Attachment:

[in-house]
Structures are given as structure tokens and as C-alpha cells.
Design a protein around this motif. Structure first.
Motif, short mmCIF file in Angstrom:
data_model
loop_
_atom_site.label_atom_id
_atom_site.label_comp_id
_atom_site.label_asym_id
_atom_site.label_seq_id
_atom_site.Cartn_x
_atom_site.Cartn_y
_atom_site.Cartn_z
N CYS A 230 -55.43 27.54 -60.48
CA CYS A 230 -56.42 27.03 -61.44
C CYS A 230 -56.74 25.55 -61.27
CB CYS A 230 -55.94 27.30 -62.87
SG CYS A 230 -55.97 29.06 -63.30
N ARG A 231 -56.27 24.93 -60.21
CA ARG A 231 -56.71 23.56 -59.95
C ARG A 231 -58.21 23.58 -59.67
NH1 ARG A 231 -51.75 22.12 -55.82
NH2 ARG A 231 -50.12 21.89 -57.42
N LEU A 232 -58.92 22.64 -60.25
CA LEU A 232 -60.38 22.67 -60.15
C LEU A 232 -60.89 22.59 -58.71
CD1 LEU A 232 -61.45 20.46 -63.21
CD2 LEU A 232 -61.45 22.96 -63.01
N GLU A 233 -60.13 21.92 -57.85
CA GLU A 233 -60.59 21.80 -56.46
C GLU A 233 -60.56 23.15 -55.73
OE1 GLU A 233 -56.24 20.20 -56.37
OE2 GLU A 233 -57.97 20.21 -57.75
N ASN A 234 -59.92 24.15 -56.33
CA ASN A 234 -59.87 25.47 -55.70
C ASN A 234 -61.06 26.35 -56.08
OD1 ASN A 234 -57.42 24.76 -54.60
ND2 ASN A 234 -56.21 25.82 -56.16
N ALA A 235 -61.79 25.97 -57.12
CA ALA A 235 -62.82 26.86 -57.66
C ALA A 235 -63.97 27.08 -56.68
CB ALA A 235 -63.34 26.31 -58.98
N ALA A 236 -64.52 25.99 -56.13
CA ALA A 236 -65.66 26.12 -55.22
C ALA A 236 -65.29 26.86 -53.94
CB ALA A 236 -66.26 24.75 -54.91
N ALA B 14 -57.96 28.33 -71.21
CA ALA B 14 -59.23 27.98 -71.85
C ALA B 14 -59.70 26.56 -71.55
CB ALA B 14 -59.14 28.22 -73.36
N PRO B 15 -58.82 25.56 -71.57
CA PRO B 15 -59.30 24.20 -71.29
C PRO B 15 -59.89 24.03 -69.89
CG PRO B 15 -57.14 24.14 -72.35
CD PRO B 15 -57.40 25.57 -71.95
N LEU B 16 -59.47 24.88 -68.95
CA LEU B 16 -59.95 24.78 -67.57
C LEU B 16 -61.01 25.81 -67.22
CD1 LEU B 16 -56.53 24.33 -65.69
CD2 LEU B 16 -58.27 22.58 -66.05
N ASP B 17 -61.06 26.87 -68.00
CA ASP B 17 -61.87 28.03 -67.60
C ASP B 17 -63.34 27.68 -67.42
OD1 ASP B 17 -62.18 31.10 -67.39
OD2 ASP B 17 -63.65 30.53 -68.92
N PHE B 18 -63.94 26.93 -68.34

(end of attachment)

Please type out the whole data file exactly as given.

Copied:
[in-house]
Structures are given as structure tokens and as C-alpha cells.
Design a protein around this motif. Structure first.
Motif, short mmCIF file in Angstrom:
data_model
loop_
_atom_site.label_atom_id
_atom_site.label_comp_id
_atom_site.label_asym_id
_atom_site.label_seq_id
_atom_site.Cartn_x
_atom_site.Cartn_y
_atom_site.Cartn_z
N CYS A 230 -55.43 27.54 -60.48
CA CYS A 230 -56.42 27.03 -61.44
C CYS A 230 -56.74 25.55 -61.27
CB CYS A 230 -55.94 27.30 -62.87
SG CYS A 230 -55.97 29.06 -63.30
N ARG A 231 -56.27 24.93 -60.21
CA ARG A 231 -56.71 23.56 -59.95
C ARG A 231 -58.21 23.58 -59.67
NH1 ARG A 231 -51.75 22.12 -55.82
NH2 ARG A 231 -50.12 21.89 -57.42
N LEU A 232 -58.92 22.64 -60.25
CA LEU A 232 -60.38 22.67 -60.15
C LEU A 232 -60.89 22.59 -58.71
CD1 LEU A 232 -61.45 20.46 -63.21
CD2 LEU A 232 -61.45 22.96 -63.01
N GLU A 233 -60.13 21.92 -57.85
CA GLU A 233 -60.59 21.80 -56.46
C GLU A 233 -60.56 23.15 -55.73
OE1 GLU A 233 -56.24 20.20 -56.37
OE2 GLU A 233 -57.97 20.21 -57.75
N ASN A 234 -59.92 24.15 -56.33
CA ASN A 234 -59.87 25.47 -55.70
C ASN A 234 -61.06 26.35 -56.08
OD1 ASN A 234 -57.42 24.76 -54.60
ND2 ASN A 234 -56.21 25.82 -56.16
N ALA A 235 -61.79 25.97 -57.12
CA ALA A 235 -62.82 26.86 -57.66
C ALA A 235 -63.97 27.08 -56.68
CB ALA A 235 -63.34 26.31 -58.98
N ALA A 236 -64.52 25.99 -56.13
CA ALA A 236 -65.66 26.12 -55.22
C ALA A 236 -65.29 26.86 -53.94
CB ALA A 236 -66.26 24.75 -54.91
N ALA B 14 -57.96 28.33 -71.21
CA ALA B 14 -59.23 27.98 -71.85
C ALA B 14 -59.70 26.56 -71.55
CB ALA B 14 -59.14 28.22 -73.36
N PRO B 15 -58.82 25.56 -71.57
CA PRO B 15 -59.30 24.20 -71.29
C PRO B 15 -59.89 24.03 -69.89
CG PRO B 15 -57.14 24.14 -72.35
CD PRO B 15 -57.40 25.57 -71.95
N LEU B 16 -59.47 24.88 -68.95
CA LEU B 16 -59.95 24.78 -67.57
C LEU B 16 -61.01 25.81 -67.22
CD1 LEU B 16 -56.53 24.33 -65.69
CD2 LEU B 16 -58.27 22.58 -66.05
N ASP B 17 -61.06 26.87 -68.00
CA ASP B 17 -61.87 28.03 -67.60
C ASP B 17 -63.34 27.68 -67.42
OD1 ASP B 17 -62.18 31.10 -67.39
OD2 ASP B 17 -63.65 30.53 -68.92
N PHE B 18 -63.94 26.93 -68.34